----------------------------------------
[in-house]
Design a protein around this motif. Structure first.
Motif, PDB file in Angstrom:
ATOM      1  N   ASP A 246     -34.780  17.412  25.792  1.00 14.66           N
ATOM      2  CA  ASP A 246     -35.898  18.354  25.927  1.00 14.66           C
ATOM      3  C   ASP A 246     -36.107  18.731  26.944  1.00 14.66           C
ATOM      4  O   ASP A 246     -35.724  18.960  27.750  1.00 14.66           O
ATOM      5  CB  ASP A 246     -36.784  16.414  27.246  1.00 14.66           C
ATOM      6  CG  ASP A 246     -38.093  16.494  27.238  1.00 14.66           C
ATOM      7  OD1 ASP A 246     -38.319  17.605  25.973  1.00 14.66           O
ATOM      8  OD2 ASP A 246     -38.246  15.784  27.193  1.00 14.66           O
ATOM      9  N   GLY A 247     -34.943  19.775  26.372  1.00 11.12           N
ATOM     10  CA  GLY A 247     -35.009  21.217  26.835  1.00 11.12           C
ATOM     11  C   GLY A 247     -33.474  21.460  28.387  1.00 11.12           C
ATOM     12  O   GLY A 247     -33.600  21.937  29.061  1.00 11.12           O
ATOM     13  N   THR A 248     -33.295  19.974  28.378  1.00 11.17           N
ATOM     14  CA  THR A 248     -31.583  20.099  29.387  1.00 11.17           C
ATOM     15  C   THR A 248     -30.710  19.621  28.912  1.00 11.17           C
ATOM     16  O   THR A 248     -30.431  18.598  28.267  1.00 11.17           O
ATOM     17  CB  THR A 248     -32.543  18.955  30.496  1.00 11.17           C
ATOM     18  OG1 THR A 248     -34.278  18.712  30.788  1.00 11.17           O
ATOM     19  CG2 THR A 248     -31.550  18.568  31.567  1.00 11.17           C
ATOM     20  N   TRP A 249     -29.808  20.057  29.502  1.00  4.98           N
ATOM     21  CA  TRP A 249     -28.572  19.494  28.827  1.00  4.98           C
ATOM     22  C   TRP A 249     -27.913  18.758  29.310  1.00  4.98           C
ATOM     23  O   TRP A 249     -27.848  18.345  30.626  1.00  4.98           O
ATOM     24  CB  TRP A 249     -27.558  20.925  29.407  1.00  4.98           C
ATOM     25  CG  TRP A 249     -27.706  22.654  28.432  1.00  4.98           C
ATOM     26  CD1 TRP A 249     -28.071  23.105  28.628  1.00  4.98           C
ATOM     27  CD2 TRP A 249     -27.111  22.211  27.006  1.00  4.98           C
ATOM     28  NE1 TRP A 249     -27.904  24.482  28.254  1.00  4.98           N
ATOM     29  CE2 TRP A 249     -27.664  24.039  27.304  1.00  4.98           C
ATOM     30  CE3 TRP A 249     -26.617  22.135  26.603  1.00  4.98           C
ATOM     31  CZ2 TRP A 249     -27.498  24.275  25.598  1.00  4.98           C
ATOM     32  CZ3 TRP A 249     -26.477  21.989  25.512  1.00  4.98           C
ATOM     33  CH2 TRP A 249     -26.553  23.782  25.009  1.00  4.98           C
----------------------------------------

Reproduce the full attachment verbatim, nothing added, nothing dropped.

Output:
[in-house]
Design a protein around this motif. Structure first.
Motif, PDB file in Angstrom:
ATOM      1  N   ASP A 246     -34.780  17.412  25.792  1.00 14.66           N
ATOM      2  CA  ASP A 246     -35.898  18.354  25.927  1.00 14.66           C
ATOM      3  C   ASP A 246     -36.107  18.731  26.944  1.00 14.66           C
ATOM      4  O   ASP A 246     -35.724  18.960  27.750  1.00 14.66           O
ATOM      5  CB  ASP A 246     -36.784  16.414  27.246  1.00 14.66           C
ATOM      6  CG  ASP A 246     -38.093  16.494  27.238  1.00 14.66           C
ATOM      7  OD1 ASP A 246     -38.319  17.605  25.973  1.00 14.66           O
ATOM      8  OD2 ASP A 246     -38.246  15.784  27.193  1.00 14.66           O
ATOM      9  N   GLY A 247     -34.943  19.775  26.372  1.00 11.12           N
ATOM     10  CA  GLY A 247     -35.009  21.217  26.835  1.00 11.12           C
ATOM     11  C   GLY A 247     -33.474  21.460  28.387  1.00 11.12           C
ATOM     12  O   GLY A 247     -33.600  21.937  29.061  1.00 11.12           O
ATOM     13  N   THR A 248     -33.295  19.974  28.378  1.00 11.17           N
ATOM     14  CA  THR A 248     -31.583  20.099  29.387  1.00 11.17           C
ATOM     15  C   THR A 248     -30.710  19.621  28.912  1.00 11.17           C
ATOM     16  O   THR A 248     -30.431  18.598  28.267  1.00 11.17           O
ATOM     17  CB  THR A 248     -32.543  18.955  30.496  1.00 11.17           C
ATOM     18  OG1 THR A 248     -34.278  18.712  30.788  1.00 11.17           O
ATOM     19  CG2 THR A 248     -31.550  18.568  31.567  1.00 11.17           C
ATOM     20  N   TRP A 249     -29.808  20.057  29.502  1.00  4.98           N
ATOM     21  CA  TRP A 249     -28.572  19.494  28.827  1.00  4.98           C
ATOM     22  C   TRP A 249     -27.913  18.758  29.310  1.00  4.98           C
ATOM     23  O   TRP A 249     -27.848  18.345  30.626  1.00  4.98           O
ATOM     24  CB  TRP A 249     -27.558  20.925  29.407  1.00  4.98           C
ATOM     25  CG  TRP A 249     -27.706  22.654  28.432  1.00  4.98           C
ATOM     26  CD1 TRP A 249     -28.071  23.105  28.628  1.00  4.98           C
ATOM     27  CD2 TRP A 249     -27.111  22.211  27.006  1.00  4.98           C
ATOM     28  NE1 TRP A 249     -27.904  24.482  28.254  1.00  4.98           N
ATOM     29  CE2 TRP A 249     -27.664  24.039  27.304  1.00  4.98           C
ATOM     30  CE3 TRP A 249     -26.617  22.135  26.603  1.00  4.98           C
ATOM     31  CZ2 TRP A 249     -27.498  24.275  25.598  1.00  4.98           C
ATOM     32  CZ3 TRP A 249     -26.477  21.989  25.512  1.00  4.98           C
ATOM     33  CH2 TRP A 249     -26.553  23.782  25.009  1.00  4.98           C